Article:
Safari at Minneriya national park Sri LankaIn Sri Lanka there is no better place to watch elephants in wild than Minneriya NationalPark. Located roughly midway between the Habarana junction and the ancient 10thcentury ruins of Polonnaruwa on the A11 road, Minneriya was a favorite haunt ofenterprising tour guides long before it was officially declared a National Park in 1988.Encompassing the extensive Minneriya tank and the more modest Giritale tank, the 7529hectare park attracts hundreds of elephants during the dry season, particularly from Julyto October, as surrounding water sources steadily dry up.Extremely intelligent, social creatures, Asian elephants (Elephus maximus maximus)make for remarkable viewing by seasoned wildlife enthusiasts and casual observers alike.It is truly impossible not to be impressed with the sheer bulk of a fully grown adult, butequally extraordinary from the point of view of an onlooker is the network of complexsocial interaction that characterize a herd of the subtle dexterity with which an individualmight wield its trunk while nimbly browsing. Thats apart from the delightfully clumsymovements of a fuzzy month-old baby or the swaggering gait and sonorous rumbling of amusthing bull as he tries to cut a targeted cow from the herd mate.The natural cycle for the elephants of the region sees them travel in small herds of 10 to20 during the wet season, feeding on the lush vegetation brought out by the rains. Thesescattered groups start to coalesce as the year wears on and the ponds and smaller tanksdisappear. As the mighty Minneriya tank remains throughout the season, it is here thedisparate herd’s journey, meeting up with each other to form larger, loose-knitassociations. Eventually, when the dry season is at its apex, a daily ritual unfoldswhereby all the elephants in the area gravitate to the grassy plains exposed by thereceding waters of the tank.While elephants are the main attraction at Minneriya, the park is worth a visit for morethan just its elephants. A wide variety of water birds enjoy the bountiful harvest providedby the rich aquatic ecosystem. These include delicately hued painted storks (Mycterialeucocephala), slender and graceful grey herons (Ardea cinerea), and the diminutiveruddy turnstone (arenaria interpres). Profuse congregation of little cormorants(Phalacrocorax niger) are not uncommon, sometimes numbering in the tousands, andgreat white pelicans (Pelicanus anocrotalus) can also be frequently seen gliding low tosettle on the lake’s shimmering surface.At one time the Asian elephant roamed the entire island from the lofty heights ofHortonsPlains to the sun-kissed coastal waters that greet the land and all points of thecompass. In the past three centuries, however, these ponderous pachyderms have beendrastically reduced in number due to habitat loss, conflict with humans over agricultureland, war and poaching. Now restricted almost entirely to the lowland dry-zone region ofthe country, it is only a doomed handful of elephants that still tread the odd up-countryforest paths at Sinharaja, Peak Wilderness and the area around Matale.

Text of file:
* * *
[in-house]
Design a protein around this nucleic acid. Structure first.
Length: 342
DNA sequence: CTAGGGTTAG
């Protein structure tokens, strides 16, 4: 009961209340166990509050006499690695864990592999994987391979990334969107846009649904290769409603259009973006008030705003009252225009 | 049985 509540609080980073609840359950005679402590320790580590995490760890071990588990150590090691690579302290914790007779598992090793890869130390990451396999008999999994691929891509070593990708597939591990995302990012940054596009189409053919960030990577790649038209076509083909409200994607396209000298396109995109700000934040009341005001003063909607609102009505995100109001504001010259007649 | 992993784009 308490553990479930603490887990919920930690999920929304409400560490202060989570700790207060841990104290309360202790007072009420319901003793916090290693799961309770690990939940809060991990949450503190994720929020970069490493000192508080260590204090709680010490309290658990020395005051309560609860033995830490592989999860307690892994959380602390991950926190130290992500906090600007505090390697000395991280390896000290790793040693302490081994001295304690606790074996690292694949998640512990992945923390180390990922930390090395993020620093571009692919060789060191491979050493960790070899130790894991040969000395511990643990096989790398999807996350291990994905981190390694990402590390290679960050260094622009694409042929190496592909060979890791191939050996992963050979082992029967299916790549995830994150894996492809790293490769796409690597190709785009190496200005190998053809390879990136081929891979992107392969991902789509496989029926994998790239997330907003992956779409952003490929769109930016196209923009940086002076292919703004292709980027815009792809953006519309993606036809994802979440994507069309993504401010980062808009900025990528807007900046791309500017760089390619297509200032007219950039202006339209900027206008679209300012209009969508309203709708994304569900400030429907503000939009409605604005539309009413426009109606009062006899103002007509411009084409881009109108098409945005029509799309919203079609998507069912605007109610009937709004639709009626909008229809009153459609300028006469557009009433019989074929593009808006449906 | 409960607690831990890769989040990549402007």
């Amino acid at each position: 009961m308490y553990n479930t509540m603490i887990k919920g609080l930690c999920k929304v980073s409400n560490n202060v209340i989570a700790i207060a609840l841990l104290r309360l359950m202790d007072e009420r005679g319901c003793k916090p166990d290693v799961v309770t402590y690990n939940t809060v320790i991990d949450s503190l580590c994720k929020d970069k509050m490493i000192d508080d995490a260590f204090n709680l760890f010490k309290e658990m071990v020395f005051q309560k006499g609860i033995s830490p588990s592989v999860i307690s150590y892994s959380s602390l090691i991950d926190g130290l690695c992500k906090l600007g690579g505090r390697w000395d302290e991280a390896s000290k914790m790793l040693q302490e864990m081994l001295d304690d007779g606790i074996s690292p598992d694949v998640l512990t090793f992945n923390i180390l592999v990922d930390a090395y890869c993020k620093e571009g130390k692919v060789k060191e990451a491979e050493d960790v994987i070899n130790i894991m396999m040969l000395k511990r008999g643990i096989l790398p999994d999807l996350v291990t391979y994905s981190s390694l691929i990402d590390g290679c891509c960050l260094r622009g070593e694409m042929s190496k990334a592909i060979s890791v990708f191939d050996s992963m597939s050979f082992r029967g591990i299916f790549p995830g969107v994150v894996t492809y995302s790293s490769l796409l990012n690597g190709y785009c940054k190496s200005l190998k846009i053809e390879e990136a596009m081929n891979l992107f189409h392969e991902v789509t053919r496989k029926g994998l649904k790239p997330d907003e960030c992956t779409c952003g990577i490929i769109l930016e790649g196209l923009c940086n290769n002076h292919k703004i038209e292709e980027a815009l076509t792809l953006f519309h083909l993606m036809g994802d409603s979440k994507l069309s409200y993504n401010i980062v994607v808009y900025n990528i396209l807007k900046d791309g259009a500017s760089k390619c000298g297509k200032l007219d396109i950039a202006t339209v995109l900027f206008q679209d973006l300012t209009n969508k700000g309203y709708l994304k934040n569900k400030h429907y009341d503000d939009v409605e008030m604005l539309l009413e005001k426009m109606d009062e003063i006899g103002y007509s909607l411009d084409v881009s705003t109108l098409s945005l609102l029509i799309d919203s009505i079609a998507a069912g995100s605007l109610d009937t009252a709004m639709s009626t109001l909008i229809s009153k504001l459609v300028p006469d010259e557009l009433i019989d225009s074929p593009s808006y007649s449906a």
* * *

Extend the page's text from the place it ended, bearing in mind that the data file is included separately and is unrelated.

All is far from bleak, however, and it is encouraging that despite the restrictions imposedon wildlife by Sri Lankas relatively small size and high human density, a mammal that isas large and requires as much space as the elephant continues to survive in numbers.Minneriya and its surrounds exemplify this precarious equilibrium between humans andelephants. Forests connections to nearby Kaudulla, Somawathie Chaitiya, Flood Plainsand Wasgamuwa National Parks ensure a vast tract of quality elephant habitat in thevicinity of Minneriya. At the same time this is the centre of what some of the mostintensively famed is and productive paddy land in the country. In the face of thismoderate success, however, there is no doubt that the maintenance of an effective balancebetween elephants and people on the island is on of the most pressing current issues fromboth a social and conservation perspective in Sri Lanka.Source Holiday in sri lanka